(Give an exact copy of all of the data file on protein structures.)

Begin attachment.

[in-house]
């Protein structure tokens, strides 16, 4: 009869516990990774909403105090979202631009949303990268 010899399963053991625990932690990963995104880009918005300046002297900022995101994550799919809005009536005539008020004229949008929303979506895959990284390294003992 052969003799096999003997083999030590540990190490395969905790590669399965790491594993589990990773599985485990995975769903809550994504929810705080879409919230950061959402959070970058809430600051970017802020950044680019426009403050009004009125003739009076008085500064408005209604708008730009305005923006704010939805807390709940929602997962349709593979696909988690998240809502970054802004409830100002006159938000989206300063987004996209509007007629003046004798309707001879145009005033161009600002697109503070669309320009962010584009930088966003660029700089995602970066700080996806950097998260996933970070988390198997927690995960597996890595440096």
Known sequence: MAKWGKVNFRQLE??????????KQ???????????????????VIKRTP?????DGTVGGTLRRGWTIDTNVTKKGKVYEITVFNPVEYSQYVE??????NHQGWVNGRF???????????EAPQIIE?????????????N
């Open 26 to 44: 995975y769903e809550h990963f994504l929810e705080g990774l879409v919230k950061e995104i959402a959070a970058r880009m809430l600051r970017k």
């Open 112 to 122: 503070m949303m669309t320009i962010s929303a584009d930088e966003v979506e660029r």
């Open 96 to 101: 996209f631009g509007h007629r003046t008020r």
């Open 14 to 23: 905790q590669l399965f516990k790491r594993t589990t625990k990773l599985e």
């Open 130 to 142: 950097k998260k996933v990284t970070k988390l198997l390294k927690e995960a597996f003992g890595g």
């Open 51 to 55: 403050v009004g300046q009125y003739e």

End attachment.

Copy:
[in-house]
């Protein structure tokens, strides 16, 4: 009869516990990774909403105090979202631009949303990268 010899399963053991625990932690990963995104880009918005300046002297900022995101994550799919809005009536005539008020004229949008929303979506895959990284390294003992 052969003799096999003997083999030590540990190490395969905790590669399965790491594993589990990773599985485990995975769903809550994504929810705080879409919230950061959402959070970058809430600051970017802020950044680019426009403050009004009125003739009076008085500064408005209604708008730009305005923006704010939805807390709940929602997962349709593979696909988690998240809502970054802004409830100002006159938000989206300063987004996209509007007629003046004798309707001879145009005033161009600002697109503070669309320009962010584009930088966003660029700089995602970066700080996806950097998260996933970070988390198997927690995960597996890595440096």
Known sequence: MAKWGKVNFRQLE??????????KQ???????????????????VIKRTP?????DGTVGGTLRRGWTIDTNVTKKGKVYEITVFNPVEYSQYVE??????NHQGWVNGRF???????????EAPQIIE?????????????N
């Open 26 to 44: 995975y769903e809550h990963f994504l929810e705080g990774l879409v919230k950061e995104i959402a959070a970058r880009m809430l600051r970017k």
């Open 112 to 122: 503070m949303m669309t320009i962010s929303a584009d930088e966003v979506e660029r």
């Open 96 to 101: 996209f631009g509007h007629r003046t008020r």
């Open 14 to 23: 905790q590669l399965f516990k790491r594993t589990t625990k990773l599985e």
């Open 130 to 142: 950097k998260k996933v990284t970070k988390l198997l390294k927690e995960a597996f003992g890595g």
């Open 51 to 55: 403050v009004g300046q009125y003739e």